Is free speech an absolute freedom that should not be countermanded? The recent appearance of the leader of the British National Party on the flagship public debate program on the BBC was defended on the grounds of free speech. Today on BBC radio there was a campaign to stop cyber bullying. Cyber bullying is the use of social networking sites like Facebook to write cruel and unpleasant things about an individual. Recently, a young woman killed herself after being the victim of cyber bullying.
Political correctness has been developed in order to limit the offence cause to others by the way that we speak. It is a lost cause. Whatever you say, someone is bound to be offended. Some local authorities have stopped saying Merry Christmas for fear of offending non-Christians. In doing so they have offended Christians. Attempts at limiting offence to Muslims have offended homosexuals. Attempts at limiting offence to homosexuals have offended Muslims. Some politically correct language has offended pedants like me who want to preserve the English language in all its glory.
I do not think free speech is an absolute. Whether you have free speech depends on the context. If you live on a mountain in Montana you can just about say what you want, principally because nobody likely to be offended is going to hear you. As with so many things, context is vital. You do not have freedom to yell, "Fire!" in a crowded concert hall.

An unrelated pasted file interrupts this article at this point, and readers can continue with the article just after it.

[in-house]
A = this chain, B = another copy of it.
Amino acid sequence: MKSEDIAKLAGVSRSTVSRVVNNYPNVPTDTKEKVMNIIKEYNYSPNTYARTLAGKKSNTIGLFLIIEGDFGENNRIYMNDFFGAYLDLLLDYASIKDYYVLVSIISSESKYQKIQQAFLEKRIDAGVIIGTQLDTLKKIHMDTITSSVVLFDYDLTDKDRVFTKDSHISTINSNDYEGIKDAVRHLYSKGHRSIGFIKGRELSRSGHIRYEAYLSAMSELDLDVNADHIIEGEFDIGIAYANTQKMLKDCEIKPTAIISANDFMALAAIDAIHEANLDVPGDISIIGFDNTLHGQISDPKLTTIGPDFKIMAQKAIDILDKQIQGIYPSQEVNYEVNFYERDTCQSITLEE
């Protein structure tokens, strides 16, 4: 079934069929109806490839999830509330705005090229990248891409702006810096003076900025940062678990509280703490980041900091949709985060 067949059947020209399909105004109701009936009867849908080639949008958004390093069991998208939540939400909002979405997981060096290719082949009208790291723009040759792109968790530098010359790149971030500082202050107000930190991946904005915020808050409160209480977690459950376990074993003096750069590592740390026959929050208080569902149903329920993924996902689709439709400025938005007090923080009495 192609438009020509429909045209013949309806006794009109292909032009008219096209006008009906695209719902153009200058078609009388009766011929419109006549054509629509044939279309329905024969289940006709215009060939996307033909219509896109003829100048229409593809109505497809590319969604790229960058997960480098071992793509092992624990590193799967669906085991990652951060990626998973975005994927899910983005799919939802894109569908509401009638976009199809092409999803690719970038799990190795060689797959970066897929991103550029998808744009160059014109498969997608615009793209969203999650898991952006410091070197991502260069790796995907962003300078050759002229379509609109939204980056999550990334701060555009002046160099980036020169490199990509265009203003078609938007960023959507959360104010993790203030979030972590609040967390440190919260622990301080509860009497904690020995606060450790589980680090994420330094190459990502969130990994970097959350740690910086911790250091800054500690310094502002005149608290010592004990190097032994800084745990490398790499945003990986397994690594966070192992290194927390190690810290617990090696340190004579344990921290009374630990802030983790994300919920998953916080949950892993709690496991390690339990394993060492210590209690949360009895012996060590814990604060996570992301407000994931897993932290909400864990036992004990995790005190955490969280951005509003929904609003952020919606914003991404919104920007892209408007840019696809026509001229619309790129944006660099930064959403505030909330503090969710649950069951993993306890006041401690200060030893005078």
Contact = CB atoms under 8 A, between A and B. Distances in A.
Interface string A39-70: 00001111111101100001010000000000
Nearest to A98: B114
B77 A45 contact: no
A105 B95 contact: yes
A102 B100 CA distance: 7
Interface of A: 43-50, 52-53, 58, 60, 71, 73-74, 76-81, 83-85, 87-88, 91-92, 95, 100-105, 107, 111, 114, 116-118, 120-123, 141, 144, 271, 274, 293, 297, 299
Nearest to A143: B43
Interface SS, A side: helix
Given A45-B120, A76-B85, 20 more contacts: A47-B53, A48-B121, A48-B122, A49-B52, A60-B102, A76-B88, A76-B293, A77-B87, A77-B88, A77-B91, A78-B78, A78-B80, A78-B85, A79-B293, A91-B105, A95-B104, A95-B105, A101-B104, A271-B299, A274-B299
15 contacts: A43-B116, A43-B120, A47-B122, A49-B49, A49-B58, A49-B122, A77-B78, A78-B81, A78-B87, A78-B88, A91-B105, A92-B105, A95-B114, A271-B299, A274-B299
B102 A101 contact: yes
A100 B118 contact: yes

There is no law that prevents you from saying something offensive, just the convention of good manners. As I have said before, a secular book I read on the great virtues puts politeness at the head of the list since, since society is impossible without it.
The Wire was reckoned to be the best TV program to come out of America in years. However, the dialogue was replete with offensive words. One sequence showing two detectives tracing the path of a bullet was free of dialogue apart from the dozens of 'F**ks' uttered. African Americans generally referred to each other as 'N*gg*r', but, of course, no 'Honky' would be allowed to do so. Oh! Am I allowed to use that word? When the program was broadcast in the UK, the BBC gave clear warnings of what some viewers would find offensive. There is such a thing as an 'off' switch.